A Parents Poverty Does Not Determine Parental Rights

Daughter [D] was 18 months old when the Riverside County Department of Public Social Services [Department] petitioned her removal from the care of her mother [M] because of drug and mental health abuse issues and Father’s [F] failure to provide for her.  The court removed D from M’s care and placed her in the foster care system.

Father [F] petitioned the court and asked to be granted custody of D.  He had been paying M child support since D was four months old, and was trying to provide a good place for F and D to live.  However, he was having trouble making enough money to do so.  He requested the court grant him custody and that he and D be allowed to return to his hometown of Chicago where relatives had already promised to help him raise D.  Department argued before the court that neither M nor F were capable of providing from D, and that D should remain in foster care, with six months of parenting classes toward reunification.  If the parents were unable to reach reunification guidelines within those six months, then their parental rights should be terminated.  The court agreed with the Department.

At the six-month progress hearing, F argued that he now had full time employment – with benefits – and a stable place for D and himself to live.  The Department argued that, although [F]’s lifestyle was stable at this moment in time, they could still change.  The court agreed with F]the Department and terminated both parents’ parental rights.  According to the court: “…The fact that the case plan services may be completed does not in and of itself demonstrate that the parent is ready [to] have the child placed in their care. [¶] I understand from what counsel is representing today, he’s not asking for placement. He’s really asking for services so it could potentially lead to placement. But this Court has to look at the entire case and the actions of father and where he’s progressed from the beginning to now, and the Court doesn’t believe that giving six more months of services is going to get [F] to a point of being able to have his daughter in his care and weighing that with keeping [D] where she is with her caregiver. [¶] Even if I did consider the circumstances of [F] currently to be changed, I don’t see that [F] has shown it’s in the best interest of the minor child to grant him six more months of services with [the] possibility of return.”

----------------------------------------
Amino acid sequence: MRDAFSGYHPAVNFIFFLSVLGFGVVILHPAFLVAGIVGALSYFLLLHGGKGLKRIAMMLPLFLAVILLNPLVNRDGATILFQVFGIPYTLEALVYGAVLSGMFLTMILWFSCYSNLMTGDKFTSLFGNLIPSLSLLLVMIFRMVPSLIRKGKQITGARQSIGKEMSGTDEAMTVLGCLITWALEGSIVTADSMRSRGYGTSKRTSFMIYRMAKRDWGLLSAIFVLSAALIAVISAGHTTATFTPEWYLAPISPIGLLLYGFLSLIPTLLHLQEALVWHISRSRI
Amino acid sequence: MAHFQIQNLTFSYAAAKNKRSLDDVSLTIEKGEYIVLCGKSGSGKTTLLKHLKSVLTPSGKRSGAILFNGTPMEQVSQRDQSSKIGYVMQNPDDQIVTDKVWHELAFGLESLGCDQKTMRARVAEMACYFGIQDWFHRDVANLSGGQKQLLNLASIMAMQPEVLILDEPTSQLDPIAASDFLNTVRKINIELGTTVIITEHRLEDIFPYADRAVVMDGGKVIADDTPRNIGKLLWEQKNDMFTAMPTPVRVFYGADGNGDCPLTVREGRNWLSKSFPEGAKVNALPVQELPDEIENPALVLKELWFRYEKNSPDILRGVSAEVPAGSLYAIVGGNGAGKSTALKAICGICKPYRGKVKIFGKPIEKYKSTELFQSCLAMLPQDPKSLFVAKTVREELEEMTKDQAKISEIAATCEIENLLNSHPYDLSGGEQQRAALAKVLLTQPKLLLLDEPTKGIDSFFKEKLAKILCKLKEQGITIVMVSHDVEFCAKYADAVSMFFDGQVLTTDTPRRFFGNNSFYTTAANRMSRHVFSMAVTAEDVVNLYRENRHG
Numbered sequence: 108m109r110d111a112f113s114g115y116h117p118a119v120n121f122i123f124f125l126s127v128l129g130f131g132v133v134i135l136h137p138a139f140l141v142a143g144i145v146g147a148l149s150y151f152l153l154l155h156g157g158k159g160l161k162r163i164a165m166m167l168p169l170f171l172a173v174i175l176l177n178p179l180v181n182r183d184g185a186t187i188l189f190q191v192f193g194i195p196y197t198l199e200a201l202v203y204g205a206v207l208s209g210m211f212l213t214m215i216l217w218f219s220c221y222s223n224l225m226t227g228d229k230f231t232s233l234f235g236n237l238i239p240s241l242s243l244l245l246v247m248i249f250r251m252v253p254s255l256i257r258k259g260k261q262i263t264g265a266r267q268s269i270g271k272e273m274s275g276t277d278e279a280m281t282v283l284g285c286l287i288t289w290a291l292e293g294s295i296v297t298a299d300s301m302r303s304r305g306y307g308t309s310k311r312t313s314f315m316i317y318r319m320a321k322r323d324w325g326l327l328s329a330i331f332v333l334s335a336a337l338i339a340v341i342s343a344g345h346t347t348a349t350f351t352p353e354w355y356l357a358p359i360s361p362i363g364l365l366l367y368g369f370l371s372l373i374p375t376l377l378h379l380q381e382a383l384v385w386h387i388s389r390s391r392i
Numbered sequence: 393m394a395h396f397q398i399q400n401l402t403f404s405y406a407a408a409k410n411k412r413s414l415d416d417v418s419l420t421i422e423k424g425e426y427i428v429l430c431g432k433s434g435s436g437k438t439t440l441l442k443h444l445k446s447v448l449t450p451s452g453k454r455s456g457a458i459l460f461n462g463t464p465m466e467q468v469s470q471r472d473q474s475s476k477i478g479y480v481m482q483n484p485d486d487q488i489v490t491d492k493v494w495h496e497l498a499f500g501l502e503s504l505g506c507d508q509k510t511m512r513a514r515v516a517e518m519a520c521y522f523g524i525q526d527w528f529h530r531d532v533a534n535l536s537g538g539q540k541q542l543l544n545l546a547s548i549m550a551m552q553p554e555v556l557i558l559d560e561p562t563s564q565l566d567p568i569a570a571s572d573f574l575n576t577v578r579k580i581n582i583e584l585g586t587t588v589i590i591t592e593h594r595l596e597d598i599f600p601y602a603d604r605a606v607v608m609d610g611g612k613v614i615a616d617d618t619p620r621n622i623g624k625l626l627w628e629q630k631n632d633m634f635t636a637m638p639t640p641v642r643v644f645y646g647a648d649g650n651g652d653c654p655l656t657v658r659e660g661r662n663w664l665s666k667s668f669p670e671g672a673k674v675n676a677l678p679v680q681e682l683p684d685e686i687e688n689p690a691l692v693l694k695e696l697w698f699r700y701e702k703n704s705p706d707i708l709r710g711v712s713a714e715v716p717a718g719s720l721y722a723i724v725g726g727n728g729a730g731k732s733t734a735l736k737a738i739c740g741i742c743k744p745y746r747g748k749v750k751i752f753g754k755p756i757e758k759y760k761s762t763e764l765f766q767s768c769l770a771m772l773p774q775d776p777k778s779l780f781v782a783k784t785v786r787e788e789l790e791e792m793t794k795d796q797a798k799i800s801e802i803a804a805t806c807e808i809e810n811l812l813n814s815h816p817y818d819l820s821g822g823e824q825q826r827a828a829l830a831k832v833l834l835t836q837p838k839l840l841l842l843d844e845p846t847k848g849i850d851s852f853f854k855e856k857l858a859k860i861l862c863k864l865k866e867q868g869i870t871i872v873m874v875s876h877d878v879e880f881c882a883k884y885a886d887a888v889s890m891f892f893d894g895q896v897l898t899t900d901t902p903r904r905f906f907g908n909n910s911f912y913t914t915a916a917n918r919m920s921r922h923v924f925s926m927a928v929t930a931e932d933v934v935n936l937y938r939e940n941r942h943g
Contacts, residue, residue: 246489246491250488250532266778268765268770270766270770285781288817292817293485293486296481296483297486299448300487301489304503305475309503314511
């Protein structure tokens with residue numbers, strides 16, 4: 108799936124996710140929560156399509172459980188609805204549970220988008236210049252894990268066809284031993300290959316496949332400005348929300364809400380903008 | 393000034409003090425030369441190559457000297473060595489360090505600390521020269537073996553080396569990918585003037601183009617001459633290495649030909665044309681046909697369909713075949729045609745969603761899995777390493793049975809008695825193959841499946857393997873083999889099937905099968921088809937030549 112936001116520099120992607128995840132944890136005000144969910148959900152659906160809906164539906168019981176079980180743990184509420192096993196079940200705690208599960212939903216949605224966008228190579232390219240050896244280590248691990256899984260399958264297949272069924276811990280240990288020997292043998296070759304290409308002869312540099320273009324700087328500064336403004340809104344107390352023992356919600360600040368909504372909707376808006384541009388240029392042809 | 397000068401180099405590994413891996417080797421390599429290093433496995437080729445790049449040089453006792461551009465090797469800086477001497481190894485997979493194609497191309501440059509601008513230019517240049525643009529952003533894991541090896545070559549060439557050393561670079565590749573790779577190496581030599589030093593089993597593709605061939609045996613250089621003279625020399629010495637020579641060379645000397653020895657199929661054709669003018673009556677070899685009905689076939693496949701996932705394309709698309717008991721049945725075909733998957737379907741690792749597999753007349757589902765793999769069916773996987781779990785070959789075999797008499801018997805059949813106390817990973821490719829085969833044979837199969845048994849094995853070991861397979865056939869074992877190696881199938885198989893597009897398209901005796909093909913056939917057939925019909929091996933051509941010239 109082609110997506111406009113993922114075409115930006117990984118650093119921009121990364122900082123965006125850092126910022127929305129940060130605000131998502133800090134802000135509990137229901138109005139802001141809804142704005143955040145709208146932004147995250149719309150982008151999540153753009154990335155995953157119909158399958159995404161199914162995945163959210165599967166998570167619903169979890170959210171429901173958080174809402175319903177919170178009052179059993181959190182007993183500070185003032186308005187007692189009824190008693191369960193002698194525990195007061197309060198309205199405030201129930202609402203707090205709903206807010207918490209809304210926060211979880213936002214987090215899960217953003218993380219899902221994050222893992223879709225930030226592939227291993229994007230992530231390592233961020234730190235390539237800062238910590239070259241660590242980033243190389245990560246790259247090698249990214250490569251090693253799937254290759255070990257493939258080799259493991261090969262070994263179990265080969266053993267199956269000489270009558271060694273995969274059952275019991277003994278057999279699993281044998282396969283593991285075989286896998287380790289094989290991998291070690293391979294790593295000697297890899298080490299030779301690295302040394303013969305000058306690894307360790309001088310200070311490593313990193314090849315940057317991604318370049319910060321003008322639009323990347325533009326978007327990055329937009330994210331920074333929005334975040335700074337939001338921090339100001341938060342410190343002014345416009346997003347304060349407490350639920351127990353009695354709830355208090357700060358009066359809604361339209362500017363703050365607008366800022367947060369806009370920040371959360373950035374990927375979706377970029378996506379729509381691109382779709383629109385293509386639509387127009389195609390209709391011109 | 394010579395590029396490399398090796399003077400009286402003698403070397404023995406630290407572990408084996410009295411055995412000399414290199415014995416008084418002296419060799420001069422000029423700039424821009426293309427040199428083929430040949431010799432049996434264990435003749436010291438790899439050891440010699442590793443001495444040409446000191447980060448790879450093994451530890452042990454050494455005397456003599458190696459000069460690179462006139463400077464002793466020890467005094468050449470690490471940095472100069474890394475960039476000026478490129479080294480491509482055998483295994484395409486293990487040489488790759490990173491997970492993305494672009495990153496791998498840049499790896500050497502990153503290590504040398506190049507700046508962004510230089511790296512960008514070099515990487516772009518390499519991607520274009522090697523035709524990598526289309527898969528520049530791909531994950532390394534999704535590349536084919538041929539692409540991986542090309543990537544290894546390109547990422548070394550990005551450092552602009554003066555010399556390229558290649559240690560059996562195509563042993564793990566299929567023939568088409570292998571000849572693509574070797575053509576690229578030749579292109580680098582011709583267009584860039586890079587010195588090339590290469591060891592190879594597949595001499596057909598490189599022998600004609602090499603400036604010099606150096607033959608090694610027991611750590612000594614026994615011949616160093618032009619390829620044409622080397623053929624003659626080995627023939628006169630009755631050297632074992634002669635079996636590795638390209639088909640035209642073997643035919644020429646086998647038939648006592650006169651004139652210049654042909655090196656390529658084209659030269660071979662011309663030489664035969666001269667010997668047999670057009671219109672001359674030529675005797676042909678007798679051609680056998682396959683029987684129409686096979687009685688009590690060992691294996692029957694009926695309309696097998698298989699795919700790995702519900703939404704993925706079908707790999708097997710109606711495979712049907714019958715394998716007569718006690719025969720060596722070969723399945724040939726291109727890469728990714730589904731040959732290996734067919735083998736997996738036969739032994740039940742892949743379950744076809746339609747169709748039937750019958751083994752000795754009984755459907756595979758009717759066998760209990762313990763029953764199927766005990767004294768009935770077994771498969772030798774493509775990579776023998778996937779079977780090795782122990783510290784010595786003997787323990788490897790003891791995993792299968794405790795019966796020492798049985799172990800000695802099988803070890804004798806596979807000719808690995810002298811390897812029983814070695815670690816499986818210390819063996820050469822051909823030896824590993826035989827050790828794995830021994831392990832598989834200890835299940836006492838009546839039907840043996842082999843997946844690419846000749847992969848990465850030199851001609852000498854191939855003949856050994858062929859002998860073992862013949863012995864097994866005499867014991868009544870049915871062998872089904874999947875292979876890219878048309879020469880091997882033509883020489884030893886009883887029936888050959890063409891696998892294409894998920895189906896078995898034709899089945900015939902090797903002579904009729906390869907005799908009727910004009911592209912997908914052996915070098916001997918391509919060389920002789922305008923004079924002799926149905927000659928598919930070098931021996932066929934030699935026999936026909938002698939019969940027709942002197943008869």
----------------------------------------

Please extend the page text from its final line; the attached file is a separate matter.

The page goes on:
F appealed.

The Appellate Court stated, “[F] is without question correct that parental rights are fundamental and a trial court ‘may not terminate a nonoffending, noncustodial mother’s or presumed father’s parental rights without finding, by clear and convincing evidence, that awarding custody to the parent would be detrimental.’”  (Citations omitted)

The Appellate Court further stated, “…But until the State proves parental unfitness, the child and his parents share a vital interest in preventing erroneous termination of their natural relationship.”

Lastly, the Appellate Court stated, “The real problem with the trial court’s detriment finding is it was based on [F]’s poverty, which is barred by statute and our case law. The dependency statute directs “[a] child shall not be found to be a person [subject to dependency proceedings] solely due to the lack of an emergency shelter for the family.”

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